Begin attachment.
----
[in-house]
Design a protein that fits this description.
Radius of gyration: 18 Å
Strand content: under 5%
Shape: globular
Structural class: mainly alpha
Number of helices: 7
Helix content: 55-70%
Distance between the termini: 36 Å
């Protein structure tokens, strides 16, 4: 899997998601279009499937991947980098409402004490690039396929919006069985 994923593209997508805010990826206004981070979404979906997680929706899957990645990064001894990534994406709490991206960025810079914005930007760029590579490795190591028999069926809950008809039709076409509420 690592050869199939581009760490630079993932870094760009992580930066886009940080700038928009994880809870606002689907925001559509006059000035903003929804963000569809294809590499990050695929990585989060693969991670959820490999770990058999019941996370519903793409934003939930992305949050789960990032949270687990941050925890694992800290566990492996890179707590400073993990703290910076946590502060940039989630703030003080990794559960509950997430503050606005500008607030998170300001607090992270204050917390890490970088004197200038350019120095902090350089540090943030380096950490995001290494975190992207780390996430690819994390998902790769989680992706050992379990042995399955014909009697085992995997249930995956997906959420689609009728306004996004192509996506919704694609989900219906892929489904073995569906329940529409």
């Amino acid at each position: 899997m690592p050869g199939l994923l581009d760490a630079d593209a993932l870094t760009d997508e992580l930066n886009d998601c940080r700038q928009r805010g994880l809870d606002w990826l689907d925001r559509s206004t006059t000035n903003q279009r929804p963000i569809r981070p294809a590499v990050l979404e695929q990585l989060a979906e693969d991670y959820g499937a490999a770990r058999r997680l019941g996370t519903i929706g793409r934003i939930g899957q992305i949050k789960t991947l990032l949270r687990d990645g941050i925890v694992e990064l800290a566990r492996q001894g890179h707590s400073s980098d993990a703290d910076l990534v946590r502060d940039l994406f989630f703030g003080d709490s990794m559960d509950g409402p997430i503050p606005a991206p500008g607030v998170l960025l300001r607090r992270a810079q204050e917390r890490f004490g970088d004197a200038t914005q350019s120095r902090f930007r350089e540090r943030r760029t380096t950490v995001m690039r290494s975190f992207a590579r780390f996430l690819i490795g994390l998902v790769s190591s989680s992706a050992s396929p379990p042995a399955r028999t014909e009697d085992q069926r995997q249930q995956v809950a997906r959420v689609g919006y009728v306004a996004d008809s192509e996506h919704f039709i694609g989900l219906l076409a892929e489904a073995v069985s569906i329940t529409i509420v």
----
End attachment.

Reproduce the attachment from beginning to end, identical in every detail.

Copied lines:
[in-house]
Design a protein that fits this description.
Radius of gyration: 18 Å
Strand content: under 5%
Shape: globular
Structural class: mainly alpha
Number of helices: 7
Helix content: 55-70%
Distance between the termini: 36 Å
């Protein structure tokens, strides 16, 4: 899997998601279009499937991947980098409402004490690039396929919006069985 994923593209997508805010990826206004981070979404979906997680929706899957990645990064001894990534994406709490991206960025810079914005930007760029590579490795190591028999069926809950008809039709076409509420 690592050869199939581009760490630079993932870094760009992580930066886009940080700038928009994880809870606002689907925001559509006059000035903003929804963000569809294809590499990050695929990585989060693969991670959820490999770990058999019941996370519903793409934003939930992305949050789960990032949270687990941050925890694992800290566990492996890179707590400073993990703290910076946590502060940039989630703030003080990794559960509950997430503050606005500008607030998170300001607090992270204050917390890490970088004197200038350019120095902090350089540090943030380096950490995001290494975190992207780390996430690819994390998902790769989680992706050992379990042995399955014909009697085992995997249930995956997906959420689609009728306004996004192509996506919704694609989900219906892929489904073995569906329940529409």
């Amino acid at each position: 899997m690592p050869g199939l994923l581009d760490a630079d593209a993932l870094t760009d997508e992580l930066n886009d998601c940080r700038q928009r805010g994880l809870d606002w990826l689907d925001r559509s206004t006059t000035n903003q279009r929804p963000i569809r981070p294809a590499v990050l979404e695929q990585l989060a979906e693969d991670y959820g499937a490999a770990r058999r997680l019941g996370t519903i929706g793409r934003i939930g899957q992305i949050k789960t991947l990032l949270r687990d990645g941050i925890v694992e990064l800290a566990r492996q001894g890179h707590s400073s980098d993990a703290d910076l990534v946590r502060d940039l994406f989630f703030g003080d709490s990794m559960d509950g409402p997430i503050p606005a991206p500008g607030v998170l960025l300001r607090r992270a810079q204050e917390r890490f004490g970088d004197a200038t914005q350019s120095r902090f930007r350089e540090r943030r760029t380096t950490v995001m690039r290494s975190f992207a590579r780390f996430l690819i490795g994390l998902v790769s190591s989680s992706a050992s396929p379990p042995a399955r028999t014909e009697d085992q069926r995997q249930q995956v809950a997906r959420v689609g919006y009728v306004a996004d008809s192509e996506h919704f039709i694609g989900l219906l076409a892929e489904a073995v069985s569906i329940t529409i509420v």